Following the Supreme Court’s Janus decision, Carper, Coons, colleagues introduce new legislation to strengthen rights of workers to join unions & bargain collectively
Legislation Would Establish Clear Right for Public Sector Workers to Unionize, Act Concertedly, and Bargain Collectively Throughout the Country
WASHINGTON, D.C. – U.S. Senators Tom Carper and Chris Coons (D-Del.) joined Senate and House Democrats in introducing bicameral legislation to guarantee the right for public employees to organize, act concertedly, and bargain collectively.
The Public Service Freedom to Negotiate Act will ensure public sector employees across the country have the legal right to form and join a union and to bargain collectively through representatives of their own choosing over wages, hours, and other terms and conditions of employment. Public employers are also required to recognize their employees’ union and to commit to any agreements in a written contract. The bill reaffirms that it is the policy of the United States to encourage collective bargaining as a way of promoting stable, cooperative relationships between public employees and their employers.
“The Supreme Court’s decision on Janus vs. AFSCME Council 31 guts the ability of public-sector employees in Delaware and around the country to organize and collectively bargain. It harms teachers, firefighters, emergency medical technicians – the very people who provide critical services to protect and care for us, teach our children, and support our economy,” said Senators Carper and Coons. “We joined our Democratic colleagues in introducing the Public Service Freedom to Negotiate Act to protect the rights of Delaware’s public sector employees to form unions and negotiate fair wages and working conditions. We will continue working with our colleagues to advance legislation that represents a better deal for American workers.”
The Senate bill is cosponsored by Senators Chuck Schumer (D-N.Y.), Patty Murray (D-Wash.), Richard Durbin (D-Ill.), Tammy Baldwin (D-Wis.), Richard Blumenthal (D-Conn.), Cory Booker (D-N.J.), Sherrod Brown (D-Ohio), Ben Cardin (D-Md.), Tom Carper (D-Del.), Bob Casey (D-Penn.), Chris Coons (D-Del.), Catherine Cortez Masto (D-Nev.), Kirsten Gillibrand (D-N.Y.), Dianne Feinstein (D-Calif.), Kamala Harris (D-Calif.), Maggie Hassan (D-N.H.), Amy Klobuchar (D-Minn.), Ed Markey (D-Mass.), Bob Menendez (D-N.J.), Jeff Merkley (D-Ore.), Gary Peters (D-Mich.), Jack Reed (D-R.I.), Bernie Sanders (I-Vt.), Brian Schatz (D-Hawaii), Tina Smith (D-Minn.), Debbie Stabenow (D-Mich.), Jeanne Shaheen (D-N.H.), Elizabeth Warren (D-Mass.), Chris Van Hollen (D-Md.), Sheldon Whitehouse (D-R.I.), and Ron Wyden (D-Ore.).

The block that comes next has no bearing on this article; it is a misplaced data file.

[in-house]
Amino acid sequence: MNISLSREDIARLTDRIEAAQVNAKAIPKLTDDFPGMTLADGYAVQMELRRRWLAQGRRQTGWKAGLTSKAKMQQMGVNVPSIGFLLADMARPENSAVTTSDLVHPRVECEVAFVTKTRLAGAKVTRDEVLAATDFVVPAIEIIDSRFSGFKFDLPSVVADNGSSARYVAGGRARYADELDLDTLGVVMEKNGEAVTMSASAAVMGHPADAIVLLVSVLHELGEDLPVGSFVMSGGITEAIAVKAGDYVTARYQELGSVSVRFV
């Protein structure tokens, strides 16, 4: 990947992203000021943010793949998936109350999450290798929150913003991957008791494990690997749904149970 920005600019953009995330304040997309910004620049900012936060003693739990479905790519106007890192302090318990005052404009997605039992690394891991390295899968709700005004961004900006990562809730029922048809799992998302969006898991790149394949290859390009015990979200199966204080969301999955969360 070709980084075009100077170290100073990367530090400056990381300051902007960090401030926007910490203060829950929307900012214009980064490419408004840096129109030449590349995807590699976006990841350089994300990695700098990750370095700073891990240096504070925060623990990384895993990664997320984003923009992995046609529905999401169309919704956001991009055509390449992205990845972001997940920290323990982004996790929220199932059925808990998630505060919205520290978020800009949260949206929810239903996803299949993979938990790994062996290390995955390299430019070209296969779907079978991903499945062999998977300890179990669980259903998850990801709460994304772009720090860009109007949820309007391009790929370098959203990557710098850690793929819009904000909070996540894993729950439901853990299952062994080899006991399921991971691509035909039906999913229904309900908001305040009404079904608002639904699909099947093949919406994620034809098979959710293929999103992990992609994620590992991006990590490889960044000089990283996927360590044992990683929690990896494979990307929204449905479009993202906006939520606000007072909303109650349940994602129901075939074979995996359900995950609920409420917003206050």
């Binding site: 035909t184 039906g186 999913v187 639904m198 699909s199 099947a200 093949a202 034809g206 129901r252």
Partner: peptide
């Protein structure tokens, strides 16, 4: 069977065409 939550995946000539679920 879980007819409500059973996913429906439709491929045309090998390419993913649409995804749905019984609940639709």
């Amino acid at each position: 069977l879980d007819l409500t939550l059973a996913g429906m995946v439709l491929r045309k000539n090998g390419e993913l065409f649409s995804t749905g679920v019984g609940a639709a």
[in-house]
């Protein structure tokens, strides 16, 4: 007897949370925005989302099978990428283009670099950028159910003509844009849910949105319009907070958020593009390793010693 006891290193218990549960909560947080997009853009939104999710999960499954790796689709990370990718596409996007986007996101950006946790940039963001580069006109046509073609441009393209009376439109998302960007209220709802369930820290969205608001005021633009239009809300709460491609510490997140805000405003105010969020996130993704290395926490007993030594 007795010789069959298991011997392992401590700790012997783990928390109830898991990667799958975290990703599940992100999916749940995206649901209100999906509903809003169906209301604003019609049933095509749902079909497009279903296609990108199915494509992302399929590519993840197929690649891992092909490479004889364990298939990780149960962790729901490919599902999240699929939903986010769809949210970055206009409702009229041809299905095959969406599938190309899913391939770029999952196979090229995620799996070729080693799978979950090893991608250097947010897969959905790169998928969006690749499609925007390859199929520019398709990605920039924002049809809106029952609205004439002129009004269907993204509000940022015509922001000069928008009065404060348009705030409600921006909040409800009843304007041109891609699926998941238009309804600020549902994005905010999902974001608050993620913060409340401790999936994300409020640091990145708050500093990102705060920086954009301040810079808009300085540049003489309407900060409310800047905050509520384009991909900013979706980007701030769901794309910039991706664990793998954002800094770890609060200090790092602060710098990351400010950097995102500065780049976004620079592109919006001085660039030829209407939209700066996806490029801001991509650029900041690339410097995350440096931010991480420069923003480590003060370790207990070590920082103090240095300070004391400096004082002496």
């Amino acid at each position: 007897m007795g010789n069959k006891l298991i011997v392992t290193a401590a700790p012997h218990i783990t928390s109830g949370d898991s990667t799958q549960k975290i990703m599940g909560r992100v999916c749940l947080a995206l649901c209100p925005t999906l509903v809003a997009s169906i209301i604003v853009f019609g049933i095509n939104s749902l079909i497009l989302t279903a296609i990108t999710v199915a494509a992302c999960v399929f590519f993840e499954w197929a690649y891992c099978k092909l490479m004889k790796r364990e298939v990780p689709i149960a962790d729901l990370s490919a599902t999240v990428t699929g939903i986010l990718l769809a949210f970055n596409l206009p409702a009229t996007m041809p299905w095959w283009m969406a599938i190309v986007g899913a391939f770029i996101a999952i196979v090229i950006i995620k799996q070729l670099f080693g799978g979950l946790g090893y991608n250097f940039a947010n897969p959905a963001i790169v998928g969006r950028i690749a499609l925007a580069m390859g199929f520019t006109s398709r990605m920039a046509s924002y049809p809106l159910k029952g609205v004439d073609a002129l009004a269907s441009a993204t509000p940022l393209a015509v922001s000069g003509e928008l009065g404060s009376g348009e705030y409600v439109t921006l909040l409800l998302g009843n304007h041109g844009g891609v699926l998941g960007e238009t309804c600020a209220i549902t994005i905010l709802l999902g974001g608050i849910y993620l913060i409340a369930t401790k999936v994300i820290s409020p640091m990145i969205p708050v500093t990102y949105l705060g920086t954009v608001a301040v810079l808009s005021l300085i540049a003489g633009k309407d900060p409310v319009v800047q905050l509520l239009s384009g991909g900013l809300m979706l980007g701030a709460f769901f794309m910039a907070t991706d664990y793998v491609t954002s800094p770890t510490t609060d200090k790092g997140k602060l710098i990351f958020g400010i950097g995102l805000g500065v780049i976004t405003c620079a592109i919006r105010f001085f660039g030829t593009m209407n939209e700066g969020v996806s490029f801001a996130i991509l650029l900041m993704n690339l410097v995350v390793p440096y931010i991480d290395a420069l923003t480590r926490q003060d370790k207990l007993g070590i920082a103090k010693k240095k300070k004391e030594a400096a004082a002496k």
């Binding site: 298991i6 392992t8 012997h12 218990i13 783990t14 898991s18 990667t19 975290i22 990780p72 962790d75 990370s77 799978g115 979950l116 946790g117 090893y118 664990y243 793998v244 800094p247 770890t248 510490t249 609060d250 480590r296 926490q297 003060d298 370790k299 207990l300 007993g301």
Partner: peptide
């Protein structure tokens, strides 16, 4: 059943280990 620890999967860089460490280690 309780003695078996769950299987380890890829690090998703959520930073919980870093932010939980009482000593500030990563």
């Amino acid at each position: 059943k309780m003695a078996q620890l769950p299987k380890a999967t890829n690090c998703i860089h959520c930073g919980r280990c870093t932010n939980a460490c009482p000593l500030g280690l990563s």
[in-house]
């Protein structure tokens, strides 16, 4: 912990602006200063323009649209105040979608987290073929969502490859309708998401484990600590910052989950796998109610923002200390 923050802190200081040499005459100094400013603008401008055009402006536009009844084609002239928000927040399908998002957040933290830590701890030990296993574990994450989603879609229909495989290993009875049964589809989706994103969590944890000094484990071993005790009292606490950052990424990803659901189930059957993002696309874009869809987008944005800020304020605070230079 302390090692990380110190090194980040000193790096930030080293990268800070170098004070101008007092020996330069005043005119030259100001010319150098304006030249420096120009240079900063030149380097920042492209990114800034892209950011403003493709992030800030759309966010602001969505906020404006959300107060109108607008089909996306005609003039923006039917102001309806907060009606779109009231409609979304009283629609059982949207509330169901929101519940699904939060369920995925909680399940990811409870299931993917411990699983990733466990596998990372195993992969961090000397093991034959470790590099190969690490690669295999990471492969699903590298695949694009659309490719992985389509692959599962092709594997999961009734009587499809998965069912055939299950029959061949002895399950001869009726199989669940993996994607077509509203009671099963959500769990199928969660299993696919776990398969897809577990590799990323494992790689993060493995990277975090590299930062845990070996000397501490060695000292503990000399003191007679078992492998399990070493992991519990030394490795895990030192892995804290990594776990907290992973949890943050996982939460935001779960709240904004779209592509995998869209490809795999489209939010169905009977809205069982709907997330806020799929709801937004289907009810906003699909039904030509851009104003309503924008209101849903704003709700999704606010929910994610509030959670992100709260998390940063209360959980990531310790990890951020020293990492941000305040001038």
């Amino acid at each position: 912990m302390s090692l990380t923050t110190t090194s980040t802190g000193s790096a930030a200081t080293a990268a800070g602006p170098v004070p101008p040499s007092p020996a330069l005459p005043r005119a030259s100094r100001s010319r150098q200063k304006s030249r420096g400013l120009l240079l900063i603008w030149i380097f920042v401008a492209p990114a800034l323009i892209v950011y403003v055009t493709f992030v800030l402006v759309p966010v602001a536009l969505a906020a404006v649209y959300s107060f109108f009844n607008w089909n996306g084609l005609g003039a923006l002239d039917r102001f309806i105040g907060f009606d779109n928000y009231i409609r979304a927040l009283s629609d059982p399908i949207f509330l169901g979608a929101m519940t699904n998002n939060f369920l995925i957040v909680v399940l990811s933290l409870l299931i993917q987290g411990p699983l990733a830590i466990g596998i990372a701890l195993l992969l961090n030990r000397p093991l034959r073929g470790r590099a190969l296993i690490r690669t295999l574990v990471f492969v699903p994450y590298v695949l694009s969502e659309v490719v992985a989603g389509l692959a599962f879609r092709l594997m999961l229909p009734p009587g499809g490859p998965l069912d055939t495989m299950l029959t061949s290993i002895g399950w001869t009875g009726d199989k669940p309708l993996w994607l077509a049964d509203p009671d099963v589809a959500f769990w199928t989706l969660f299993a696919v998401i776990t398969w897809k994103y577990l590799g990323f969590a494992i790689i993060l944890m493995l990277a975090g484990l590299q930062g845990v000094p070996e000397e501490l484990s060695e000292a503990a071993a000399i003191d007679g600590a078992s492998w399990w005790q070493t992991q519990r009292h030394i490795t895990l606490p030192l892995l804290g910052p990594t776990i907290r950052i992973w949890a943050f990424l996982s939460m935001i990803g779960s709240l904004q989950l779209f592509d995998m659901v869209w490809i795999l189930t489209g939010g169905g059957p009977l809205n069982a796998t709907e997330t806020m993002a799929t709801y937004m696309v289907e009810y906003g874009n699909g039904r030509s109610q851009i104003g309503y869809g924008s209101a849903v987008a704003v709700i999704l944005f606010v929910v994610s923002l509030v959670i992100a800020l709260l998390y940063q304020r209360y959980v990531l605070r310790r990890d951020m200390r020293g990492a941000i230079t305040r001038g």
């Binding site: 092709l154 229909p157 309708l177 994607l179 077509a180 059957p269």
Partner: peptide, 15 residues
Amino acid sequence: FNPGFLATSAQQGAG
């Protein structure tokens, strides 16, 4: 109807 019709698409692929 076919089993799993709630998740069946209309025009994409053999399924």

The House bill is cosponsored by Representatives Bobby Scott (D-Va.), Don Beyer (D-Va.), Susan Bonamici (D-Ore.), Stephen Cohen (D-Tenn.), Gerry Connolly (D-Va.), Adriano Espaillat (D-N.Y.), Peter DeFazio (D-Ore.), Gene Green (D-Texas), Eleanor Holmes Norton (D-D.C.), Bobby Rush (D-Ill.), Marcy Kaptur (D-Ohio), Frank Pallone (D-N.J.), Mark Pocan (D-Wis.), Jan Shakowsky (D-Ill.), Kurt Shrader (D-Ore.), Mark Takano (D-Calif.), and Frederica Wilson (D-Fla.).
The Public Service Freedom to Negotiate Act is supported by the American Federation of Government Employees, AFL-CIO, American Federation of State, County, and Municipal Employees, American Federation of Teachers, National Education Association, and the Service Employees International Union.
The legislation reaffirms that it is the policy of the United States to encourage the practice of collective bargaining as a means of promoting stable, cooperative relationships between public employees and their employers. The bill provides public employees the right to organize, act concertedly, and bargain collectively in states that currently do not afford these basic rights. Authority is granted to the Federal Labor Relations Authority (FLRA) to determine whether a state, territory, or locality provides public employees with the following basic labor rights and responsibilities:
- The right to form, join, or assist a labor organization and to bargain collectively through representatives of their own choosing.
- Public employers are required to recognize the employees’ labor organization (freely chosen by a majority of the employees voting), to bargain with the labor organization over wages, hours, and other terms and conditions of employment, and to commit any agreements to writing in a contract or memorandum of understanding;
- Access to a dispute resolution mechanism such as fact-finding, mediation, arbitration, or comparable procedures and provide for the payroll deduction of labor organization fees to any duly-selected representative of employees pursuant to the terms of an authorization executed by employees.
- Real enforcement of all rights, responsibilities, and protections provided by state law and enumerated in this section, and of any written contract or MOU between a labor organization and a public employer through a state administrative agency or in court.
The FLRA approach gives states wide flexibility to write and administer their own labor laws provided they meet this minimum standard.
- The bill will not apply in states determined to meet and exceed this standard.
- Public employers in states that continue to fail to guarantee these basic rights and responsibilities will be subject to federal minimum standards.
- For states failing to meet the minimum standard, employer lockouts and strikes by law enforcement officers or emergency services employees are prohibited when emergency or public safety services are imperiled.
Sean Coit at 202-224-5042 or Sean_Coit@coons.senate.gov
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